Weak Values in an Electronic Mach-Zehnder Interferometer

Aharonov et al. introduced the concept of weak values [1] as statistical averages of weak measurements on a quantum system whose states both before and after the measurement are known. As opposed to the standard value, the weak value can lie outside the spectrum of eigenvalues of the measured operator, can be negative for positive defined quantities, and can even be complex.

This Demonstration shows the real and imaginary parts of the weak value of charge in one arm of an electronic Mach–Zehnder interferometer [2].

An electronic Mach-Zehnder interferometer [2] is sketched in the following figure.

Panel a represents an electronic Mach–Zehnder interferometer realized in a Hall bar. The electrons' states are edge states (full lines). Inter-edge tunneling (dashed lines) takes place at the quantum point contacts. Panel b represents a double electronic Mach–Zehnder interferometer, where the second Mach–Zehnder interferometer is used as a detector of charge in arm 2 of the first interferometer.

In this system the preselection is determined by the injection from source D1 and by the transmission and reflection coefficients of QPC A. Similarly, the postselection corresponds to the detection of electrons in the drain D2 and can be controlled by the transmission and reflection coefficient of QPC B. Physically one can control the voltage bias at S1, the Aharonov-Bohm flux (and hence the phase difference between electrons traveling through arms 1 and 2), the temperature, and finally the duration of the measurement. The result of the measurement cannot be interpreted in terms of single electrons, but many-body effects have to be considered.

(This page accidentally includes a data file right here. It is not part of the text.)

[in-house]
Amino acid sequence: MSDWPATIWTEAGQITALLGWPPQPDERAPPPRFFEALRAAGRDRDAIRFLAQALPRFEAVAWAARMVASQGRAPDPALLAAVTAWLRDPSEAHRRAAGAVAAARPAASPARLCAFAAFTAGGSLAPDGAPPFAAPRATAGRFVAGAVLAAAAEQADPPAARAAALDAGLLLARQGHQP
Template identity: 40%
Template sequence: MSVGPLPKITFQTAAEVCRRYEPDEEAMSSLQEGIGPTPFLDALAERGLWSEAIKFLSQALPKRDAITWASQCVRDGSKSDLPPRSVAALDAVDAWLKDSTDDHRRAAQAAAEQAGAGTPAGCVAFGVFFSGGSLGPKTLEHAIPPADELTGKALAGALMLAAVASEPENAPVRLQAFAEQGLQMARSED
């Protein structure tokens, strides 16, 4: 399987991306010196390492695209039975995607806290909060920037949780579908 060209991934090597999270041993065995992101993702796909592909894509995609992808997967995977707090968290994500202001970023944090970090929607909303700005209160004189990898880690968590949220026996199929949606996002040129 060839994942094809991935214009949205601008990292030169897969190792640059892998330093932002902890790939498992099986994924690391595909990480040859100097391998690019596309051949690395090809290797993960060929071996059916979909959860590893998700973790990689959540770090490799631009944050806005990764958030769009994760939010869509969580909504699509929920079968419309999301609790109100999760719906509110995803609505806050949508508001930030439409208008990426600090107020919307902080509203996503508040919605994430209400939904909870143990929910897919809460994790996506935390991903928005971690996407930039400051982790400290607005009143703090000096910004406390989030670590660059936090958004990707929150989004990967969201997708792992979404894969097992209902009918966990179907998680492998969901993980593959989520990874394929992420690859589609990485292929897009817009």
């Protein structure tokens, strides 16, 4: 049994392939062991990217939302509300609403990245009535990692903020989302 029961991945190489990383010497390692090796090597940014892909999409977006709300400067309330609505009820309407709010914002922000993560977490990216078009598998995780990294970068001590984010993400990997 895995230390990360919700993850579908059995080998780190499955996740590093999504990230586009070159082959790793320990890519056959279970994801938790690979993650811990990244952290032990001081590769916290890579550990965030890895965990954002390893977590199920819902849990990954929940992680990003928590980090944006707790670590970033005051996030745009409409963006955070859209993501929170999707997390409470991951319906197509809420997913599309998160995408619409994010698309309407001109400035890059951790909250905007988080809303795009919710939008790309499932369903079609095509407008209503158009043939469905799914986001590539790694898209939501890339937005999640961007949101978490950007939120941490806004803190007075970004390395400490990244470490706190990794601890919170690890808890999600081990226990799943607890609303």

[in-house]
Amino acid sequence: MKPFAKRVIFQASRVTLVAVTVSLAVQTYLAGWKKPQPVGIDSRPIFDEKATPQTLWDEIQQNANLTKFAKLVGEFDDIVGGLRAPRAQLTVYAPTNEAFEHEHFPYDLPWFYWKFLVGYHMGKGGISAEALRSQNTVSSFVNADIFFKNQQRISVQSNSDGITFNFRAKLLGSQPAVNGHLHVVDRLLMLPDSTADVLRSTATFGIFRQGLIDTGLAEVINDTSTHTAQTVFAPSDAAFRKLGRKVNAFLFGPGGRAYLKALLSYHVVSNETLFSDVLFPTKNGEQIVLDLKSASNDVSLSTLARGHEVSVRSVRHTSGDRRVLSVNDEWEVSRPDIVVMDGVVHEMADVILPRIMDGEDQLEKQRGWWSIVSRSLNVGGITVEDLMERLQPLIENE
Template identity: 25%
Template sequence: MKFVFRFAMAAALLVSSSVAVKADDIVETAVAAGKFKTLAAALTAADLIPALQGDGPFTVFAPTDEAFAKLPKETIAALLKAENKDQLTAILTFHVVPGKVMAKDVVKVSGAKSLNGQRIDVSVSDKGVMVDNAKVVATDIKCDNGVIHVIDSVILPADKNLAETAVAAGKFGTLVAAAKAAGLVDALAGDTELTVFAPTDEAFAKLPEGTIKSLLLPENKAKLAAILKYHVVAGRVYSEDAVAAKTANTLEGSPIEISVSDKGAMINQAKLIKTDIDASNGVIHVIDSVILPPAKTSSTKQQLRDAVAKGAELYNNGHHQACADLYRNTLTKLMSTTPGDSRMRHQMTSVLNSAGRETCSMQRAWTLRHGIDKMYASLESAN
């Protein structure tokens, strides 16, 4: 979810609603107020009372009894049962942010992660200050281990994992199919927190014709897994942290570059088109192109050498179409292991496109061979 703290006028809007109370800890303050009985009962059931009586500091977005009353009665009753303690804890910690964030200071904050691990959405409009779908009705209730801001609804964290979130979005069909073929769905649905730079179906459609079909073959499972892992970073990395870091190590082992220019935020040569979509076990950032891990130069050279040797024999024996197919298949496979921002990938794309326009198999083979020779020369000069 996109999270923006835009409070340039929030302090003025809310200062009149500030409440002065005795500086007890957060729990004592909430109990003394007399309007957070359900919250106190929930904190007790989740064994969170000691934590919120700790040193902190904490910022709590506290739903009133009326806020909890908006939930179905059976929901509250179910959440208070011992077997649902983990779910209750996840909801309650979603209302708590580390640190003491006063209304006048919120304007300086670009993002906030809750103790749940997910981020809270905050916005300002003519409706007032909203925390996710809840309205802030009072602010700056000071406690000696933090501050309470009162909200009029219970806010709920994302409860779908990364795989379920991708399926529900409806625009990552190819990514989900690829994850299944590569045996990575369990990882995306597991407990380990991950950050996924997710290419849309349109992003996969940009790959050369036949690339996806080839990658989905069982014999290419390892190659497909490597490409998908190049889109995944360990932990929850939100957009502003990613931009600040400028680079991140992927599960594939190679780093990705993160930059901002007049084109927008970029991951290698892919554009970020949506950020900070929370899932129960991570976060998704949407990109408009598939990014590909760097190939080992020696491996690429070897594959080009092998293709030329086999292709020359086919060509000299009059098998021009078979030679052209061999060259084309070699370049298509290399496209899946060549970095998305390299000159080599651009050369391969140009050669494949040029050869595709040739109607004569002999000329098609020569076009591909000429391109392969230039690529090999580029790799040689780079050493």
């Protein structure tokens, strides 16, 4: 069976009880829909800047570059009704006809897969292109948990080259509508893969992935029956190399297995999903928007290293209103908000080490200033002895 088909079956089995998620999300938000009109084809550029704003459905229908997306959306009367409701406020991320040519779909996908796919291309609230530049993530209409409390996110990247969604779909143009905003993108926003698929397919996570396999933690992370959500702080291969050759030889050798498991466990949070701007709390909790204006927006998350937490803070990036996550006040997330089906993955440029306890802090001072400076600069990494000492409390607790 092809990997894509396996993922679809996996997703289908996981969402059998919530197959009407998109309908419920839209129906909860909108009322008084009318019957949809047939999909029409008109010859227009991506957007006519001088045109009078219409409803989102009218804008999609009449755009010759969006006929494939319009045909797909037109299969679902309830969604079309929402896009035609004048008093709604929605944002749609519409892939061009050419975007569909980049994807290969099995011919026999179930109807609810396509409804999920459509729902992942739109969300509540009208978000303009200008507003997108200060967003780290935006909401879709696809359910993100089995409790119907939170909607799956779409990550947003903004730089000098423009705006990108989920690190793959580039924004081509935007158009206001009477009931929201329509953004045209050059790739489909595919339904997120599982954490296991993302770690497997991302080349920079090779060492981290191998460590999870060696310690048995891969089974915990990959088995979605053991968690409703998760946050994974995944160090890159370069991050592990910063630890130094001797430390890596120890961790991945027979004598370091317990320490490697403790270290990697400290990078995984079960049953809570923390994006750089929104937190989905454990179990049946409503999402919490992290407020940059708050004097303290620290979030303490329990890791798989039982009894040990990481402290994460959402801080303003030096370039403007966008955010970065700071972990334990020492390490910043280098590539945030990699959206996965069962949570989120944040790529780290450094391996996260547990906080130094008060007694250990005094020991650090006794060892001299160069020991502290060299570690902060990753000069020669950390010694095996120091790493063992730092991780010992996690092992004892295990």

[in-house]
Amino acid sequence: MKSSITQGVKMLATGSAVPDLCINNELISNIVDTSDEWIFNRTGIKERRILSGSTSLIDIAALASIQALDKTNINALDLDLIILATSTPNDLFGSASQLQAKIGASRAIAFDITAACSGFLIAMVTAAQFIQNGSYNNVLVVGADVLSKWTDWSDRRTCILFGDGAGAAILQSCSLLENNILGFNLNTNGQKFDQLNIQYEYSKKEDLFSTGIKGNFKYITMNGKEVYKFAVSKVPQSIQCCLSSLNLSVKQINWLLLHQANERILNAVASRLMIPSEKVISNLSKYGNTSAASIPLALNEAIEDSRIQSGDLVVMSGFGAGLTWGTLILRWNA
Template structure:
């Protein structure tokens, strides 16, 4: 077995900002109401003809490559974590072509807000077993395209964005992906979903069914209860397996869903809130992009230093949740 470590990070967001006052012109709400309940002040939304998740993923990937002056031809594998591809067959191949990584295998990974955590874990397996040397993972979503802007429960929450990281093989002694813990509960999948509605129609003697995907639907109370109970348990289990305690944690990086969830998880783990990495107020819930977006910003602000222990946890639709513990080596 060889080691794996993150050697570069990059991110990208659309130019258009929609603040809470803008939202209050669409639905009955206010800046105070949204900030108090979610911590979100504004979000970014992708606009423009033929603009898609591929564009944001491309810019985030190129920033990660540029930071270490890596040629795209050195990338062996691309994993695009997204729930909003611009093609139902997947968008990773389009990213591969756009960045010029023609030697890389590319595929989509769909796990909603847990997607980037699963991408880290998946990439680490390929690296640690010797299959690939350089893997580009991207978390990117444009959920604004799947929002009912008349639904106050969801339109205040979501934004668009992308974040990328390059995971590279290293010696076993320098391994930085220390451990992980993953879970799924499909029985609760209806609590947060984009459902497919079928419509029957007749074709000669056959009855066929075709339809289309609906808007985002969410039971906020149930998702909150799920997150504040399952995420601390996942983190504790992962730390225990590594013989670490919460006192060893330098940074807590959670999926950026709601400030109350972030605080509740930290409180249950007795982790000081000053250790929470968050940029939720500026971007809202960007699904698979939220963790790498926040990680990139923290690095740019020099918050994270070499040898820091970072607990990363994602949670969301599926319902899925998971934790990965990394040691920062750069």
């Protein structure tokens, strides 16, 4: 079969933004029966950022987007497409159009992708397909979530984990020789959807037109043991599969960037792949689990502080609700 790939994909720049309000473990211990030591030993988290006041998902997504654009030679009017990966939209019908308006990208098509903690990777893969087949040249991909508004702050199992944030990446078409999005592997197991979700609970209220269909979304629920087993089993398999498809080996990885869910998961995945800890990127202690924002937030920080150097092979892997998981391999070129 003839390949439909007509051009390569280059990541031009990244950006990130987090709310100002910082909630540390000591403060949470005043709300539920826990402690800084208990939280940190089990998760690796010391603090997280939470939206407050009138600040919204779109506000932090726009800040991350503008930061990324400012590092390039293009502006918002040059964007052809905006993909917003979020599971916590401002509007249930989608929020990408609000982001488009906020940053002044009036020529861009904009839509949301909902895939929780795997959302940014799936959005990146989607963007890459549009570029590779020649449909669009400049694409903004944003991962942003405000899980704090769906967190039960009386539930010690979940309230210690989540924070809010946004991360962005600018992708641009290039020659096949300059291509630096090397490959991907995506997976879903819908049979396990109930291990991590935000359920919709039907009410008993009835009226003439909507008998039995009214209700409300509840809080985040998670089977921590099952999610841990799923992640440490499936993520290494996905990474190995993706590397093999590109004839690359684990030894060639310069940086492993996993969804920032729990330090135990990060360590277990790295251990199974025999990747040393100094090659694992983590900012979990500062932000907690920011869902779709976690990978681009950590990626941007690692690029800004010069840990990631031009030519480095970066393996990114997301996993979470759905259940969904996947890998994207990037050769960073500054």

In the Demonstration it is possible to choose whether to plot the charge's weak value, (in units of the electron charge), as a function of the voltage bias (measured in ), the phase difference, or the temperature (measured in mK). (The phase difference includes the Aharonov–Bohm flux and the phases of the transmission coefficients of both the quantum point contacts.) In all cases it is possible to control the other parameters, including the transparencies of both the quantum point contacts and the duration of the measurement (measured in nsec). In the upper panel of the Demonstration we also plot the upper bound for standard quantum average of the charge in arm 2 (the lower bound is obviously 0): the weak value is clearly beyond the marked bounds.

[1] Y. Aharonov, D. Z. Albert, and L. Vaidman, "How the Result of a Measurement of a Component of the Spin of a Spin-1/2 Particle Can Turn Out to Be 100," Phys. Rev. Lett.60, 1988 p.1351.

[2] V. Shpitalnik, Y. Gefen, A. Romito, "Tomography of Many-Body Weak Values: Mach-Zehnder Interferometry," arXiv:0805.2737.